Washington, Sept 11 : U.S. President George W Bush has sent the text of his country's civil nuclear cooperation accord with India to the American Congress for final clearance.
The 45-member Nuclear Suppliers Group (NSG) had on Saturday decided to lift a 34-year-old ban on nuclear trade with New Delhi, a crucial step to sealing the U.S.-India civilian nuclear agreement.
Bush said in a statement that the agreement would reinforce a growing bilateral relationship between two vibrant democracies.
"The United States is committed to a strategic partnership with India. The Agreement promises to be a major milestone in achieving and sustaining that goal,'' President George," Bush further said.
The White House said in a statement that it was transmitting the text of the agreement between the US and India "concerning peaceful uses of nuclear energy".
The proposed agreement provides a comprehensive framework for US peaceful nuclear cooperation with India. It permits the transfer of information, non-nuclear material, nuclear material, equipment (including reactors) and components for nuclear research and nuclear power production.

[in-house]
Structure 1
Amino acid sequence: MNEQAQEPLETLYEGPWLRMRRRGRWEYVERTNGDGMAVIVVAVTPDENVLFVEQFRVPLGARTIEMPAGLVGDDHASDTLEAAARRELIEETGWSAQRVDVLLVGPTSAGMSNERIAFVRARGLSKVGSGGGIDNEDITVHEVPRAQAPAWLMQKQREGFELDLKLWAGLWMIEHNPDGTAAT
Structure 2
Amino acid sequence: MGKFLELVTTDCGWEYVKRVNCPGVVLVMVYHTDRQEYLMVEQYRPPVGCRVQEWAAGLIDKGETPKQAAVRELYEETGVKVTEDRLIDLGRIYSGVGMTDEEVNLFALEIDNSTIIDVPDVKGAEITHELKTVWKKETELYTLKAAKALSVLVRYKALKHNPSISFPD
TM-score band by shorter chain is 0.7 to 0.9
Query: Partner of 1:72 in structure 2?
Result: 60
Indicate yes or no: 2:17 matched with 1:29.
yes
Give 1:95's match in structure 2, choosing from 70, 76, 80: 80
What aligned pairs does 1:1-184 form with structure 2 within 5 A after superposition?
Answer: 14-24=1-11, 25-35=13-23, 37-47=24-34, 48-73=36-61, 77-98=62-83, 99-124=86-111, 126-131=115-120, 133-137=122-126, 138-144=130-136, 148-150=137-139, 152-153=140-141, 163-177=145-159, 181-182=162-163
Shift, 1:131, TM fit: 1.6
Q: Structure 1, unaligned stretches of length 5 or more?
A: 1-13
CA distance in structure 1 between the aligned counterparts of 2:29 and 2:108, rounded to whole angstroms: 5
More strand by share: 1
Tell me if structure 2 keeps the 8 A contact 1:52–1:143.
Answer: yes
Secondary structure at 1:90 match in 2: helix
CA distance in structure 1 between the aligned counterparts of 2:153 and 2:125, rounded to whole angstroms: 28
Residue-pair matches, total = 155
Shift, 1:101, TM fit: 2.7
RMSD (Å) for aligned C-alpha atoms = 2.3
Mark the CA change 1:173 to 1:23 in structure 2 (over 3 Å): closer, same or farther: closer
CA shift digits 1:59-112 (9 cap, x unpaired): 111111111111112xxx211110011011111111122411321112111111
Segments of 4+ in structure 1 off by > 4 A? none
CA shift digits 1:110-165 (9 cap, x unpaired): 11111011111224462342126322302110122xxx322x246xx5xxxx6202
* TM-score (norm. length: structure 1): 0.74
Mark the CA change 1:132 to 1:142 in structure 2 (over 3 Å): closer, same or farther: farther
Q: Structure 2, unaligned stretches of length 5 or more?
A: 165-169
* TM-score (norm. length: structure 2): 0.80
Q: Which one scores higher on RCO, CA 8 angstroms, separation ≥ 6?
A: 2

"It does not permit transfers of any restricted data. Sensitive nuclear technology, heavy-water production technology and production facilities, sensitive nuclear facilities, and major critical components of such facilities may not be transferred under the agreement unless it is amended," the statement added.
Meanwhile, the US Ambassador to India, David C Mulford, on Wednesday said in an interview to a television channel that New Delhi has the sovereign right to conduct nuclear tests and that this issue was never debated. He added that India has got a 'clean waiver' from the NSG to participate in global nuclear trade.
"It is not a correct interpretation that there will be a periodic review of the NSG waiver," clarified Mulford.
U.S. Secretary of State Ms. Condelezza Rice also held meetings with the Speaker of the House of Representatives, Nancy Pelosi, and the Chairman of the House Foreign Affairs Committee, Howard Berman, and discussed the modalities for a Congress nod for ratifying the 123 agreement before the end of the session on September 26.